Let’s also grant that it doesn’t *net* increase selfishness or reduce donations via moral licensing (perhaps because it also has an effect of increasing people’s altruism, via increasing people’s commitment to ‘being a charitable person who donates’).
Let’s also grant that “snark” is not a good tactic if we want to encourage people to give more or give more effectively (although, bear in mind that tone is super-subjective, and for everyone who thinks that an article is “shitting on” the charitable, there may be someone else who thinks it doesn’t go anywhere near far enough in calling for people help others as much as they can).
Granting all that is there still something vitally important in what Will says (particularly in his latter article) that needs to be recognised regarding the ice bucket challenge? I think there is. Suppose that instead of charity ALSA benefiting from the ice bucket challenge it was (made up) charity ALSB, a charity which, let’s suppose, also works on ALS but which is around 500x less effective than ALSA. (This is around the difference which Will’s second article conservatively suggests obtains between working on ALS and on malaria). If the ice bucket challenge were moving unprecedented amounts fo ALSB wouldn’t we think that (good as it is that any charity working on ALS gets more funding) it was vitally important to get people to take notice of the difference between these (and other) charities? It seems to me like we would: even if it might embarass the sincere good guys and gals working over at and supporting ALSB.
But this seems to be pretty similar to the situation we face now, where we could be preventing many, many times more suffering if, instead of taking the ice bucket challenge we donated to some of the more effective charities out there (more effective, not because they’re better people or causes necessarily, but just because there’s much larger amounts of suffering in the poorest parts of the world and it’s much more easily solvable). We face a situation where the world is a constant (metaphorical) battlefield and we need to (and in effect do, whether we think about it or not) triage and decide where we’re going to donate our efforts to save people’s lives. If we just aid the first people we come to, we inevitably consign other people to death. We somehow need to cheer on the people who pour ice cubes over their heads and donate to charity, while making sure that people recognise that if we just donate according to the latest campaign that caught our attention we are ensuring that thousands of people die who might have lived.
I had written a much larger post criticizing this utilitarian approach to charitable giving and its’ implications which I find repugnant, but I think that it would have shifted the conversation way off topic, and there are enough articles on the topic for those who care. So let’s grant that everything behind this philosophy is sound and just talk about the ALS Ice Bucket Challenge.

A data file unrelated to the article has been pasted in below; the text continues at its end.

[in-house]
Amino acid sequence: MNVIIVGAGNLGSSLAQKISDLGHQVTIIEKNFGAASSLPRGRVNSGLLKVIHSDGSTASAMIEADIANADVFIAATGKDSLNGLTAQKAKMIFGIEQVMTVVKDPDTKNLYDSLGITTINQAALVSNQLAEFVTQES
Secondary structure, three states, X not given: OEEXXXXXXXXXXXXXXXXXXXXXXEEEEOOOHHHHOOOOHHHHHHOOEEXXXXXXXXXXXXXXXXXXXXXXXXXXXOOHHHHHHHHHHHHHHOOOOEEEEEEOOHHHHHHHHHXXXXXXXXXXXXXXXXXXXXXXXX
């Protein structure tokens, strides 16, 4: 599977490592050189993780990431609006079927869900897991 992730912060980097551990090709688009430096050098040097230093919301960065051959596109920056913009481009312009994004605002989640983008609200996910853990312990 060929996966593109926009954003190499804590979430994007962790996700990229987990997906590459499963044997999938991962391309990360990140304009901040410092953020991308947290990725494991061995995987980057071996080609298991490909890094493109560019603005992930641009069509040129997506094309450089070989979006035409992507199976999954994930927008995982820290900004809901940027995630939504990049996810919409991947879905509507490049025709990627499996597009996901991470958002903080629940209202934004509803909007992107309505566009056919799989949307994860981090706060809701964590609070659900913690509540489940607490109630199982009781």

I still don’t see what the problem with the ALS challenge is.
First of all, in the first article, it is said that the right type of campaigns will draw much fewer people – but that it’s okay, cause they will give more (let’s grant that this rationale is sound). Then what’s wrong with the ice bucket challenge? It obviously has a different target group – the masses. And since we accept that their money will be wasted even in a world of perfect charitable campaigns, there shouldn’t be any worry. After all Bill Gates took part in the ice bucket challenge, but his foundation has donated 1.5 billion to malaria causes. Or you think he shouldn’t give anything to ALS? The point is that the big committed donors are not lost to a wasteful charity.
In the second article the argument that the challenge is effective, because it has raised $8 million is countered with the assertion that that’s just an insignificant amount. OK, doesn’t ALS deserve at least this insignificant amount? Last year $335.17 billion were donated to charity. How much if any ALS should be allowed to receive and if they are allowed to raise money – How should they do it?
Maybe ALS isn’t the problem and people with ALS have the right to raise money – then it’s the organization.
Which is the most effective ALS charity? Or are they being evaluated now just because of the challenge? If so this alone is enough to make the campaign a success and it also means that the people who took the challenge had absolutely no way of knowing which is the most effective way to help people with ALS, because up until now they were so insignificant that no one cared to study them.
Is the ALS campaign a reasonable target for this criticism? It actually isn’t the most widely publicized fundraising campaign in recent years (as claimed in the second article). A lot of people don’t even know that those kids are donating money and not just “planking”. Fukushima, Haiti and even Katrina happened in recent years and they were all front page, leading news. A couple of months of internet hype cannot even begin to compete with the decades of heavy worldwide publicity enjoyed by cancer, AIDS, the red cross, the salvation army etc. All this accumulates and those are among the best funded charities in the world and this will be true next year and the year after that, and the decade after that, when there will be a whole new generation unaware that this challenge ever existed.